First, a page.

Thursday, October 13, 2011

Remembering Jake- Ron Zluticky & Enzo Gentile(Age 9)


Jeremiah 29: 11 says “For I know the plans I have for you, declares the Lord, plans to prosper you and not harm you, plans to give you hope and a future.”
I recently read an article about people’s lifelong dreams and goals in life.  In that article was a short story about Robert Woodruff.  Most people have never heard of him, yet his goal in life probably touched them.  As President of the Coca-Cola company, he wanted to say that in his lifetime everyone in the world had tasted a Coca-Cola.   The article discussed goals and dreams of several kinds—short & long term goals; big & small dreams; those realized & not realized. 
Last week I sat among hundreds of mourners, attending the funeral of a family friend who’d lost a long, valiant fight against cancer.  After hearing of his death, one of my first thoughts was how sad it was that he had died, therefore losing out on the chance to see many of his life’s dreams come true.  I wondered how many of his goals in life he had been able to accomplish.  That was only one reason that I thought his death was tragically premature.  Knowing that 1200 people had attended the previous night’s visitation and then seeing the hundreds at the funeral, I believed that many others viewed his death the same way.
Then I heard stories of how the man had touched the lives of people everywhere; how he let no obstacle get in the way of his making new friends for life (he once disappeared for over three hours and his family began to worry…until they found out that he had crashed a family’s reunion and made such a connection with them that every day afterward, they came to see him---their new family member!); how at each of the hospitals where he’d been treated he had always made it a point to thank the nurses and staff members for each little thing they did for him; how he went around the hospital to visit other patients (especially children), using his humor to cheer them up, helping to ease their times of suffering. 
We were told at the funeral of how beating cancer was his number one goal and how his determination to do so inspired the families of other patients; how no matter how many times the cancer came back, and no matter how the side effects of the treatments affected him, he never lost his positive attitude; how no matter what he was going through, his primary concern was for how his parents and his sister were doing—he didn’t want them to be feeling bad about what was happening to him.  All of these were intentional efforts…they were his goals.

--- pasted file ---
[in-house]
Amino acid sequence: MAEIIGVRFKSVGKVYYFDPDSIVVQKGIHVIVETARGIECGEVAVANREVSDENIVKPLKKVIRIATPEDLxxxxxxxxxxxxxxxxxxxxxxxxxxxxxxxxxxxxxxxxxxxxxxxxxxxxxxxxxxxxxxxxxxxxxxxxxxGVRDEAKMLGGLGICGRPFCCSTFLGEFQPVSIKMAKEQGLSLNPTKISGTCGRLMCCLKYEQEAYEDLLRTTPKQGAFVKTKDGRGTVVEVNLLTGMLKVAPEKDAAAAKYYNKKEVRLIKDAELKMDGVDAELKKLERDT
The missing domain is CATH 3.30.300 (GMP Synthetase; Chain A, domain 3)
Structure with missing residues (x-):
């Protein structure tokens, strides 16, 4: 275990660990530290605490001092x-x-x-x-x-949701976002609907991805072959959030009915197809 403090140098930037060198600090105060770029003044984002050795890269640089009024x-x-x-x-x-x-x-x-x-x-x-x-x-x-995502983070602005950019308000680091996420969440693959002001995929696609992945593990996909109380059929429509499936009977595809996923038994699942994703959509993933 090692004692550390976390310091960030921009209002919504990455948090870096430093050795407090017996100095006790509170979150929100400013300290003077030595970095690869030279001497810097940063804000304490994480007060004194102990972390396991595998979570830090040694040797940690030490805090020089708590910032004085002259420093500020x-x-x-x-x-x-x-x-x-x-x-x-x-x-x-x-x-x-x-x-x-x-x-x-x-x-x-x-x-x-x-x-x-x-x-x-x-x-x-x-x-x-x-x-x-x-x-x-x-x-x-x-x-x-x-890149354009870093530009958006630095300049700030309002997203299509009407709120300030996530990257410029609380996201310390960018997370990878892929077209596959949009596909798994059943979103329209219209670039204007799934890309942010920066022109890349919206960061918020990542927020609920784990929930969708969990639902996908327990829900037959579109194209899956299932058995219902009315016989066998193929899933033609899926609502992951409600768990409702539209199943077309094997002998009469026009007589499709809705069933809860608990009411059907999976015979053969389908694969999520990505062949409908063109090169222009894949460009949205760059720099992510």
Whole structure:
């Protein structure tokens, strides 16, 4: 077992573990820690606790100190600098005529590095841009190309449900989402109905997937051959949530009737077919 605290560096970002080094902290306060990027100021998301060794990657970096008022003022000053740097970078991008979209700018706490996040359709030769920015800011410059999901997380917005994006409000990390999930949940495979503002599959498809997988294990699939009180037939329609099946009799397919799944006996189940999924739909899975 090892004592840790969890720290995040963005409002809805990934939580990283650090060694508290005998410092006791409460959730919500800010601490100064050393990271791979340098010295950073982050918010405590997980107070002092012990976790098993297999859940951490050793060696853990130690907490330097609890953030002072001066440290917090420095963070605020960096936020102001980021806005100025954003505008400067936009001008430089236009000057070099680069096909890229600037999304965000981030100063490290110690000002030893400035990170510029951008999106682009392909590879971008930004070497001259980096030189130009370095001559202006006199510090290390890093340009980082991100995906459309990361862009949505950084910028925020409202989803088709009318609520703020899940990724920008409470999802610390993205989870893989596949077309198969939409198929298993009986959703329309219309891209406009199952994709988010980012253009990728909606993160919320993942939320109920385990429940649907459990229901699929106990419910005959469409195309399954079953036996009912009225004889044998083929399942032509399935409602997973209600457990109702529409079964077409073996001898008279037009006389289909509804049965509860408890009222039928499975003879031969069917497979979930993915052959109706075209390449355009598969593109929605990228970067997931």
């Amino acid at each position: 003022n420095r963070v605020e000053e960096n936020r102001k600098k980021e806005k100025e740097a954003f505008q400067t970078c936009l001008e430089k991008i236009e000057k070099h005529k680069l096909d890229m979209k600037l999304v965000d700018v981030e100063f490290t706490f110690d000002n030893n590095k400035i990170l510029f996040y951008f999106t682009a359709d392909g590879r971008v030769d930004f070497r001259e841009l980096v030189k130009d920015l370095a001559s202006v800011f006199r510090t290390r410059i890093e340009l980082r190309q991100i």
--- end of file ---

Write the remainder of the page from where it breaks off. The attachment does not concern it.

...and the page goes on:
Hearing all of this was not surprising to me, but it did make me realize that Jake’s life was really amazing.  He accomplished more things and impacted the lives of more people than most…even though he died at age 22.  I was wrong; his was not a life cut tragically short with unfulfilled dreams, but rather a life that was short in years, but long on accomplishment, especially in what matters most: making the world a better place for those he came in contact with.  He certainly left this world having accomplished something…he showed me how the Lord wanted us to spend our days here on Earth.  He was an example of God having a plan…using Jake to give the rest of us hope for the future. 
                                                                                                                                                              -Ron Zluticky

 I love you and miss you. I still look at the website you gave me "The many Roars of T Rex!" It is on my desktop still.  I wish you were here to play my new Troy game for the PlayStation 3.  You are still in our prayers, especially your family.  Whenever I watch the Avatar movie I think of us laying in my room watching it togther.  You are so much fun... wish you were here to go back to the beach.  I know you are in heaven watching over all of us.  I still call you Jakey Boy!
                                                                                                                                                         Love, Enzo

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